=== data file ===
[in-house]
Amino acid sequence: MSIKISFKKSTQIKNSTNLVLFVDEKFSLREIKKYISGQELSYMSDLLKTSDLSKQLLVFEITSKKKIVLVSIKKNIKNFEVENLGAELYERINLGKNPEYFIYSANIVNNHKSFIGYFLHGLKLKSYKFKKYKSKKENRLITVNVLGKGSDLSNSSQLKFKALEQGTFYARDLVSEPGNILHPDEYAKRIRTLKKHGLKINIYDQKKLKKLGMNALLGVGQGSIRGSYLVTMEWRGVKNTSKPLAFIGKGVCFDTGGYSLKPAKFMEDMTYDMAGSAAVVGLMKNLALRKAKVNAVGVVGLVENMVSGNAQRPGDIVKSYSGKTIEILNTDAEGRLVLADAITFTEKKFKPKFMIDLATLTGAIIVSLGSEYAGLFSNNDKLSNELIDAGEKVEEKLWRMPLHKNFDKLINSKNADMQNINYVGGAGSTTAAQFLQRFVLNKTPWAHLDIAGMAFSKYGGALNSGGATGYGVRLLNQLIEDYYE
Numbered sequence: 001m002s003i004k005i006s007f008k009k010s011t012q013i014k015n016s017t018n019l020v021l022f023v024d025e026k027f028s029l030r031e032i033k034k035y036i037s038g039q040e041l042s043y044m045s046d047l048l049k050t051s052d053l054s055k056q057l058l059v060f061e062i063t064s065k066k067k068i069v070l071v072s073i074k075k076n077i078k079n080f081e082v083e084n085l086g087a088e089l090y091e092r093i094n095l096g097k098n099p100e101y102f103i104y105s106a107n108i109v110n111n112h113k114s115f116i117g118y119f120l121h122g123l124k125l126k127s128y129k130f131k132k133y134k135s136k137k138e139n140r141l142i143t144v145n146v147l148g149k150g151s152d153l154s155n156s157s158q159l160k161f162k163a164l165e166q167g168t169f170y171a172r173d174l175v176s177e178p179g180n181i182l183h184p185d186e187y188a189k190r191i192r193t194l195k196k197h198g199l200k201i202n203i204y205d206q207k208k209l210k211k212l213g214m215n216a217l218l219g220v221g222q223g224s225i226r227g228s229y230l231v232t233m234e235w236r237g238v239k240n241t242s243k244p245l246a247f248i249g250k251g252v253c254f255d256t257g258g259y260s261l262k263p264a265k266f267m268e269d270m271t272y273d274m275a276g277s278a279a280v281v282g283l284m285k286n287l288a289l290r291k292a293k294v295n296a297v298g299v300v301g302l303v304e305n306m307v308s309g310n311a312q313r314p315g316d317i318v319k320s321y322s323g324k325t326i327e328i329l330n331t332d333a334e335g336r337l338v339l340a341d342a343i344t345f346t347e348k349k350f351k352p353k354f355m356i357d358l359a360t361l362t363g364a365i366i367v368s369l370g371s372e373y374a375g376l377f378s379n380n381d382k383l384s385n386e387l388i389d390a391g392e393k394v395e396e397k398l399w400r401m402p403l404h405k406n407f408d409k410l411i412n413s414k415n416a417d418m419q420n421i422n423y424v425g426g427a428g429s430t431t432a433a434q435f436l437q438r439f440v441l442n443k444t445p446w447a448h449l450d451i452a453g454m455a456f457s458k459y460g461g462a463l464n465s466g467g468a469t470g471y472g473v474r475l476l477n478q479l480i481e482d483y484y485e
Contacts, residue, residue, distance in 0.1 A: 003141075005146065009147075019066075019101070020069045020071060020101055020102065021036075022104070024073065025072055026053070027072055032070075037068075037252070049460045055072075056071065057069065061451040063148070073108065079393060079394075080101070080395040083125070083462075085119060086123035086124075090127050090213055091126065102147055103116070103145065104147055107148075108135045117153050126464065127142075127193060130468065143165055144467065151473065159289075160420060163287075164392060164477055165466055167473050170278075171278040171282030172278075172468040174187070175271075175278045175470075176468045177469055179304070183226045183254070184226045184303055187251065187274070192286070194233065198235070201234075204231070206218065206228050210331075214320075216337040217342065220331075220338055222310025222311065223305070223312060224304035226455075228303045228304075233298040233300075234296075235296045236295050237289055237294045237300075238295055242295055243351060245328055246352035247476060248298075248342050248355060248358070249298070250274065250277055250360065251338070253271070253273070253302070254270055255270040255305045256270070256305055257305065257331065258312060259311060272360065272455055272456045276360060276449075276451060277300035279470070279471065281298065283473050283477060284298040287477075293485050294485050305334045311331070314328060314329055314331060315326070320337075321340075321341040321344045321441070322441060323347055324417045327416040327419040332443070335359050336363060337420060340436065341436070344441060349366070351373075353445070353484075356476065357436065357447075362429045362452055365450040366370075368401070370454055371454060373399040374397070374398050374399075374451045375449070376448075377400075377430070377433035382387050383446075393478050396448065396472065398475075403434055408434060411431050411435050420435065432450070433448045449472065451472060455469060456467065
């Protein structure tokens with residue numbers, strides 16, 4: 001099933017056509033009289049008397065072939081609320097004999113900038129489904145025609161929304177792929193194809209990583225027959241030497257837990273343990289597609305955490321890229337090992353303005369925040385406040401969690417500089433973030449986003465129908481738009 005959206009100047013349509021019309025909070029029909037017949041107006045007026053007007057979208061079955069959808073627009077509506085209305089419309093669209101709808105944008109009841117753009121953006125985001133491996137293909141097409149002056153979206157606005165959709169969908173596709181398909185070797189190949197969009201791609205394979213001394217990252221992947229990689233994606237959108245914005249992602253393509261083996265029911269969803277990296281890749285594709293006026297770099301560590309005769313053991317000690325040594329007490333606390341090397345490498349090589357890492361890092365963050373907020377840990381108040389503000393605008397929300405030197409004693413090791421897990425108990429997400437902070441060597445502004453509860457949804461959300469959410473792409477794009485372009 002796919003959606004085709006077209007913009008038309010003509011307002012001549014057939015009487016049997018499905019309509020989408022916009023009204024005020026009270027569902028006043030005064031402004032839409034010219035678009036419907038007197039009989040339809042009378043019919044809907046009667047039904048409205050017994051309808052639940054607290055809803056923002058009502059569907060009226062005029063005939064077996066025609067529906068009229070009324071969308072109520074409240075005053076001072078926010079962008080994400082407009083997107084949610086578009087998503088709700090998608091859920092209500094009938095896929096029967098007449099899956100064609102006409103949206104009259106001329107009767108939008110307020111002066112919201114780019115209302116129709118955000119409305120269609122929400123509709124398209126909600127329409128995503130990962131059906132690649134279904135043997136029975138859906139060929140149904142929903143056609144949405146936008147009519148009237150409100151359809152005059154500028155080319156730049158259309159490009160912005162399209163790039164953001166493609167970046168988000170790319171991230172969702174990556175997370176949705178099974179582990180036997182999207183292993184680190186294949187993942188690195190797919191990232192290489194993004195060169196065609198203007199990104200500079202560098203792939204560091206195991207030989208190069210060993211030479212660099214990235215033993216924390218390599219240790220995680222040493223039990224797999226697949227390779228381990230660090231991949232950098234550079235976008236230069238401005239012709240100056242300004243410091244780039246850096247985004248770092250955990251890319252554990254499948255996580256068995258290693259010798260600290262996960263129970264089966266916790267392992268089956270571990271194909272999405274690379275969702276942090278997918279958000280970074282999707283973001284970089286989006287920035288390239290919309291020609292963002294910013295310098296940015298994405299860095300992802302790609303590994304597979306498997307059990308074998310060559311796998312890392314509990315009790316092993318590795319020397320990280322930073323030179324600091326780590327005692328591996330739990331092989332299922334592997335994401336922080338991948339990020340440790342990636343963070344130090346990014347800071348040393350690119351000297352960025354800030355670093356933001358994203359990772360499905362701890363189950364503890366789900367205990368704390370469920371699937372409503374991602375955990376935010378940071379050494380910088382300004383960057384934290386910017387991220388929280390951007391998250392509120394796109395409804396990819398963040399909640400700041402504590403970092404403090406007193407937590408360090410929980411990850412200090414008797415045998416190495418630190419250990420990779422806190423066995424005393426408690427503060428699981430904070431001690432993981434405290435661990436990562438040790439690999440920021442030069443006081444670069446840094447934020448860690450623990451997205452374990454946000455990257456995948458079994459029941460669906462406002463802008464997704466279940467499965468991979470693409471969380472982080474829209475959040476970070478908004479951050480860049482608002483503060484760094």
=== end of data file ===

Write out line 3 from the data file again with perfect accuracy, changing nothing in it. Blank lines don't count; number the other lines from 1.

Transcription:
Numbered sequence: 001m002s003i004k005i006s007f008k009k010s011t012q013i014k015n016s017t018n019l020v021l022f023v024d025e026k027f028s029l030r031e032i033k034k035y036i037s038g039q040e041l042s043y044m045s046d047l048l049k050t051s052d053l054s055k056q057l058l059v060f061e062i063t064s065k066k067k068i069v070l071v072s073i074k075k076n077i078k079n080f081e082v083e084n085l086g087a088e089l090y091e092r093i094n095l096g097k098n099p100e101y102f103i104y105s106a107n108i109v110n111n112h113k114s115f116i117g118y119f120l121h122g123l124k125l126k127s128y129k130f131k132k133y134k135s136k137k138e139n140r141l142i143t144v145n146v147l148g149k150g151s152d153l154s155n156s157s158q159l160k161f162k163a164l165e166q167g168t169f170y171a172r173d174l175v176s177e178p179g180n181i182l183h184p185d186e187y188a189k190r191i192r193t194l195k196k197h198g199l200k201i202n203i204y205d206q207k208k209l210k211k212l213g214m215n216a217l218l219g220v221g222q223g224s225i226r227g228s229y230l231v232t233m234e235w236r237g238v239k240n241t242s243k244p245l246a247f248i249g250k251g252v253c254f255d256t257g258g259y260s261l262k263p264a265k266f267m268e269d270m271t272y273d274m275a276g277s278a279a280v281v282g283l284m285k286n287l288a289l290r291k292a293k294v295n296a297v298g299v300v301g302l303v304e305n306m307v308s309g310n311a312q313r314p315g316d317i318v319k320s321y322s323g324k325t326i327e328i329l330n331t332d333a334e335g336r337l338v339l340a341d342a343i344t345f346t347e348k349k350f351k352p353k354f355m356i357d358l359a360t361l362t363g364a365i366i367v368s369l370g371s372e373y374a375g376l377f378s379n380n381d382k383l384s385n386e387l388i389d390a391g392e393k394v395e396e397k398l399w400r401m402p403l404h405k406n407f408d409k410l411i412n413s414k415n416a417d418m419q420n421i422n423y424v425g426g427a428g429s430t431t432a433a434q435f436l437q438r439f440v441l442n443k444t445p446w447a448h449l450d451i452a453g454m455a456f457s458k459y460g461g462a463l464n465s466g467g468a469t470g471y472g473v474r475l476l477n478q479l480i481e482d483y484y485e